Writer: Nicole Perlman / Artist: Marco Checchetto / Marvel Comics

Nicole Perlman’s Gamora is Marvel Comics’ best-kept secret. On its third issue Gamora finds herself captured on Ubilex, a planet inside a black hole, a planet about to implode inside said black hole, a planet that hosts the one heir to the bloodline she plans to finally snuff out of existence. Gamora’s thought process explains her actions on this dying planet she finds herself on, as she continues to disregard her safety and make decisions that would be otherwise be crazy to a normal person, with the nearly lighthearted, matter-of-fact tone of “now I know what you’re thinking…”

Gamora #3 Panel 1

She continues entering increasingly dangerous scenarios and survives not because she cares about her life – she doesn’t – but because she has to complete her revenge before she dies. She’s unafraid of her own death to the point of practically welcoming its relief from her tortured life of servitude and emptiness, her only condition being to die peacefully having murdered one last person. On her quest for that one last person person she is leaving a trail of bodies in her wake, as Gamora’s body count is nearing action movie levels.

On the other side of Gamora’s tale of revenge is the woman whom Gamora is chasing who, coincidentally, is the same woman she partnered with in issue #2. It was no surprise L’Wit is the adult version of the baby Gamora was chasing, a result of the time-change from Eastern Galaxy Standard Time where they gained a few hours, and the fact it wasn’t built as a shocker makes for a smoother, more genuine scene where Gamora’s realization didn’t falsely derail her will to kill, but instead changed how readers might have felt about her actually going through with it. L’Wit’s character grows over a short period of time to be someone you hope for, someone readers would feel remorse over after have felt as cold as Gamora during every death until the potential of this one.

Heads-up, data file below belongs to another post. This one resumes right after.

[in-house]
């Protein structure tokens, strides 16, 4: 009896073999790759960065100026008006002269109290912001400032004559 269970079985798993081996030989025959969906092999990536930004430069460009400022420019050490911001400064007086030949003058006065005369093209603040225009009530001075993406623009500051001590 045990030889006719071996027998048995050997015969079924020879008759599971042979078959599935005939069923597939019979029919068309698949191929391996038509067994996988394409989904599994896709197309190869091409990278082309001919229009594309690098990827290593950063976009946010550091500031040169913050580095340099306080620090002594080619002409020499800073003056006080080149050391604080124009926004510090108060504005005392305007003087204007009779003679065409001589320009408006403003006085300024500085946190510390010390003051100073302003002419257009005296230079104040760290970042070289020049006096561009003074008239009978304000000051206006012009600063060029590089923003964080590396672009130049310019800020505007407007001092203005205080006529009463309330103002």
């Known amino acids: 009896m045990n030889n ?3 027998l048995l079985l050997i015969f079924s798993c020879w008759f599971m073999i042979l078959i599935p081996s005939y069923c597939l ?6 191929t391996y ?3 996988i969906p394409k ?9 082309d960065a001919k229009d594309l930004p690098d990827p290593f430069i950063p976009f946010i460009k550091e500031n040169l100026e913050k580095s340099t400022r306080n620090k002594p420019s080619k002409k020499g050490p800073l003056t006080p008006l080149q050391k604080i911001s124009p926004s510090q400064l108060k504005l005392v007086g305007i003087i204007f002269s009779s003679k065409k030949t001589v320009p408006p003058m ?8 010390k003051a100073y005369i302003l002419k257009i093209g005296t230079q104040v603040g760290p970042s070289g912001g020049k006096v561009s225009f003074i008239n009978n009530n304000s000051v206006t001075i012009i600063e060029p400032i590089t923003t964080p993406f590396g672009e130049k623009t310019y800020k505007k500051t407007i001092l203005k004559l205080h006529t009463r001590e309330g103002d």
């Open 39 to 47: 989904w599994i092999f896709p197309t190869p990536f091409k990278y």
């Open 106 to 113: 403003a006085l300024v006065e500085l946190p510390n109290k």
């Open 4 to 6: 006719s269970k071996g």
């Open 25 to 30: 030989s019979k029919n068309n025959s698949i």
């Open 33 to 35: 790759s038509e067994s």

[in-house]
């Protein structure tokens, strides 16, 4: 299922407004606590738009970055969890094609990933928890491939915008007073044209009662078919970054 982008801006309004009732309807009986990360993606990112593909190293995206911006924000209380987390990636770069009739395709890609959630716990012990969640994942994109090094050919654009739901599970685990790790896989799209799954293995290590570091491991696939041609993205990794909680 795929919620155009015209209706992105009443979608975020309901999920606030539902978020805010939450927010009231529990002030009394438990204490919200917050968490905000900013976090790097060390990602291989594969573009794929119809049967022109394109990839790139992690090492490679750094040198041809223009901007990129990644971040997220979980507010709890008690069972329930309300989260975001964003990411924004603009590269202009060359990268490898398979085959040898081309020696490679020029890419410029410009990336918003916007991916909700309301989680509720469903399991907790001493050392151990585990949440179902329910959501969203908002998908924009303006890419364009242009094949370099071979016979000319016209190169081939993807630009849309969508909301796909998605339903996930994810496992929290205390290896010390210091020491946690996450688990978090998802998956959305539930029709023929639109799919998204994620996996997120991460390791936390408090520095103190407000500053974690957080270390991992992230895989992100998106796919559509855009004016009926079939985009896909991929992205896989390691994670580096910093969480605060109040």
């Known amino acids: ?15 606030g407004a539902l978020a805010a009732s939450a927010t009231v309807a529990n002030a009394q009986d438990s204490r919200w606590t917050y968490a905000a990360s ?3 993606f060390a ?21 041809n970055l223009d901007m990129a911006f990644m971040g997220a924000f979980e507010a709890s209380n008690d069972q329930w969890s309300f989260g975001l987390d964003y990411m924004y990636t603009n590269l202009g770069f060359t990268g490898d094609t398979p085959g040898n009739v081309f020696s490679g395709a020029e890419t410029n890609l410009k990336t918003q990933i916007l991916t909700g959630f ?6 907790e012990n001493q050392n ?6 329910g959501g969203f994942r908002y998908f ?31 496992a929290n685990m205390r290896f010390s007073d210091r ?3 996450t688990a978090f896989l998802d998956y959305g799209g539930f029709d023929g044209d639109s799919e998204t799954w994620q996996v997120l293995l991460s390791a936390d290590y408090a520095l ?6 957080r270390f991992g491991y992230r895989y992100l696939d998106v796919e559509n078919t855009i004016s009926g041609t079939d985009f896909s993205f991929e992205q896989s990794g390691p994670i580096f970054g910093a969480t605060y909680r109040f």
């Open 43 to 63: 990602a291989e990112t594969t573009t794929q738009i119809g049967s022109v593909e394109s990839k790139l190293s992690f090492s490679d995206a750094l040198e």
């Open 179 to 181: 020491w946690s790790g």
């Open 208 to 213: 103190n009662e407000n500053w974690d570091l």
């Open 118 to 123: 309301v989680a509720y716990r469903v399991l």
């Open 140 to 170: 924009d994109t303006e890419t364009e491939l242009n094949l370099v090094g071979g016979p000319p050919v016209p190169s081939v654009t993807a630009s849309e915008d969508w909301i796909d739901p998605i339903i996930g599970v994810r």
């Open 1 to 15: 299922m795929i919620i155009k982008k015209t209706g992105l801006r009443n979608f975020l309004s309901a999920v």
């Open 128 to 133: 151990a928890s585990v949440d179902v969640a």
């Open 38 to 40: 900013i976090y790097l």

Gamora #3 Panel 2

Overall, Gamora continues to be a beautifully drawn, fantastic space adventure whose single-minded protagonist is about to be forced to adapt. The series has covered a lot of ground in only 3 issues and shows no sign of losing its grip; between Thanos, Nebula, L’Wit, Badoon, and the latest reveal from this issue, Gamora and Perlman have a lot of toys in their toy box.

9.1 out of 10
Reading Gamora? Find BNP’s other reviews of the series here.

Are you following Black Nerd Problems on Twitter, Facebook, Tumblr or Google+?


  • Jordan Calhoun is a writer in New York City. His forthcoming debut book "Piccolo Is Black" is a celebration of the common adaptations we made while non-diverse pop culture helped us form identities. He holds a B.A. in Sociology and Criminal Justice, B.S. in Psychology with a minor in Japanese, and an M.P.A. in Public and Nonprofit Management and Policy. He might solve a mystery, or rewrite history. Find him on Instagram and Twitter @JordanMCalhoun

  • Show Comments

Your email address will not be published. Required fields are marked *

comment *

  • name *

  • email *

  • website *